A collection of scholarly works about individual liberty and free markets.
Yet the political upheaval and religious schisms which contributed to the revolution were underway long before The causes of the English Revolution are hotly debated among historians, but some agree that a combination of the struggle for power between parliament and the crown and the religious divisions between Anglicans and Puritans were the most potent forces behind the developing crisis.
Political and religious pamphlets were produced in abundance during the mids. Religious sermons, often highly political in nature, were also preached and sometimes printed during this time, and, like the practice of pamphleteering, attempted to sway public opinion.
Additionally, much of the poetry of this time period was focussed on the topical religious issues, issues which many maintain fueled the fire of the Revolution. Critics such as Nicholas Tyacke stress that the revolution of the mids was already brewing in the s.
Calvinists and Puritans believed that salvation was predestined, that men were divided into the classes of the Elect and the Reprobate. As the House of Commons gained power in the s, it wore an increasingly Puritan face, whereas King Charles I surrounded himself with Anglicans and Arminians.
Prall notes that with the ascension of Charles came an increasing reliance of the crown on the Bishop of London, and therefore an increase in both political and religious tensions.
These tensions exploded with armed conflict incontinued for several years with the Puritans being lead by Oliver Cromwell, and lasted until the execution of Charles I in Thus began the Restoration. The religious and political issues which fueled the Revolution also inspired the writers of pamphlets.
William Haller describes the pamphlets of revolutionary England as being inspired by the concept of liberty, and argues that the doctrine of liberty was developed during these years and on the pages of pamphlets.
Haller argues that liberty was first understood in religious terms, as men of this time conceived of organized society as a religious body with which the state was closely involved.
While not the first to extoll the virtues and need for liberty, John Milton, Haller notes, wrote, in addition to his many pamphlets, the finest expression of this aspiration for liberty with his Areopagitica Some pamphlet writers supported Parliament and attacked the crown, others defended the various religious sects or asked for religious tolerance, and some even abused Parliament.
While Haller stresses the importance of liberty to the pamphleteers and to the Revolution, William Lamont maintains that liberty was not the concern, not the cause or the inspiration of the Revolution. Lamont discusses several crises of the English Revolution, in which revolutionaries were not concerned with liberty, but rather with the role of bishops within the government.
Most advocated stricter godly control, argues Lamont, not freedom. Lamont concludes that the goal of liberty may have been an unintended consequence of the activities of revolutionary Puritans, but that freedom was not their rallying cry.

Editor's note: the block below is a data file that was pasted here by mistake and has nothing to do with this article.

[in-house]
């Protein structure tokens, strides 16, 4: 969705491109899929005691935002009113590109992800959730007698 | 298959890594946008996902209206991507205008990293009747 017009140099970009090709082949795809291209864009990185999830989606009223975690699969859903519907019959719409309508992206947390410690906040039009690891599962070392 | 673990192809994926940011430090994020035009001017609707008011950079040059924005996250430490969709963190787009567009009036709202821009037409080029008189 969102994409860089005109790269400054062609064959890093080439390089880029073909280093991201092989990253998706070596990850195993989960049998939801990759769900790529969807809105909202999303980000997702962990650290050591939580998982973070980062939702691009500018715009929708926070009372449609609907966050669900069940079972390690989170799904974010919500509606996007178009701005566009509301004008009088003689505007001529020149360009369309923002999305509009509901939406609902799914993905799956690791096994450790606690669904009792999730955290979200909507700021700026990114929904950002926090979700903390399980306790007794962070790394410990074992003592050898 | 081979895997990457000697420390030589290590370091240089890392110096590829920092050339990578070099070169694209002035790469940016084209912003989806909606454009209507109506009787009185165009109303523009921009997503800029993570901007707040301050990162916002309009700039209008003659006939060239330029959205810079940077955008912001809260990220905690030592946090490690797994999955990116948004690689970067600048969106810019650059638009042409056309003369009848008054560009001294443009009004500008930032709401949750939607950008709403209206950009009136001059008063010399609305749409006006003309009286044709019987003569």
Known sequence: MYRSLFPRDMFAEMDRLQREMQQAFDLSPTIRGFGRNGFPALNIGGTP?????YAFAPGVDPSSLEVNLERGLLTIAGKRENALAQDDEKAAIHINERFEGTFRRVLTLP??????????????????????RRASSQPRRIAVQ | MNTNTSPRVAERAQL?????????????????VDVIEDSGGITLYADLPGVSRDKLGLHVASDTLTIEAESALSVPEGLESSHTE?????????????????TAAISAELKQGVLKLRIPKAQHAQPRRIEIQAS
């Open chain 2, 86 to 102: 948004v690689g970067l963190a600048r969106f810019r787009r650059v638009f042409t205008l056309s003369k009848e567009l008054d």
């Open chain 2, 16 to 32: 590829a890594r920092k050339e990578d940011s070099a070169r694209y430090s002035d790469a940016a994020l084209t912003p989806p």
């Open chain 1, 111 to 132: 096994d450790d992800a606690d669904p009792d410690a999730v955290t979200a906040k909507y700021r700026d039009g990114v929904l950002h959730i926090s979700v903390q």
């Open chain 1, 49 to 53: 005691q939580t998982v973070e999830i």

It was not unheard of for pamphleteers to be arrested for their writing against the crown, or against the bishops. William Prynne was arrested in for just such an attack, notes D.2. Economic Background of the English Revolution (a) The Land. ENGLAND at the beginning of the seventeenth century was a predominantly agricultural country.
The overwhelming mass of the population lived in the countryside, engaged either wholly or partially in producing foodstuffs or wool. The English Revolution (also called the Engish Civil War) was a period of armed conflict and political turmoil between and which pitted supporters of Parliament against the Crown, the trial and execution of Charles I, the replacement of the monarchy with the Commonwealth of England (), the rise of Oliver Cromwell to a virtual .
The English Revolution (also called the Engish Civil War) was a period of armed conflict and political turmoil between and which pitted supporters of Parliament against the Crown, the trial and execution of Charles I, the replacement of the monarchy with the Commonwealth of England (), the rise of Oliver Cromwell to a virtual military dictatorship, and the eventual.
Dec 02, · The English Civil Wars () stemmed from conflict between Charles I and Parliament over an Irish insurrection.
(August ). Initially northern and western England, together with much.
The English Revolution Source: The English Revolution ; Written: in ; Economic Background of the English Revolution (a) The Land. ENGLAND at the beginning of the seventeenth century was a predominantly agricultural country.
The overwhelming mass of the population lived in the countryside, engaged either wholly or . The English Revolution, 1. The aftermath of the First Civil War, The Scots believed that the captured Charles I would agree to the introduction of Presbyterian government in the Church of England.
Charles believed that he could play off the Scots against the English, and the various English factions against one another.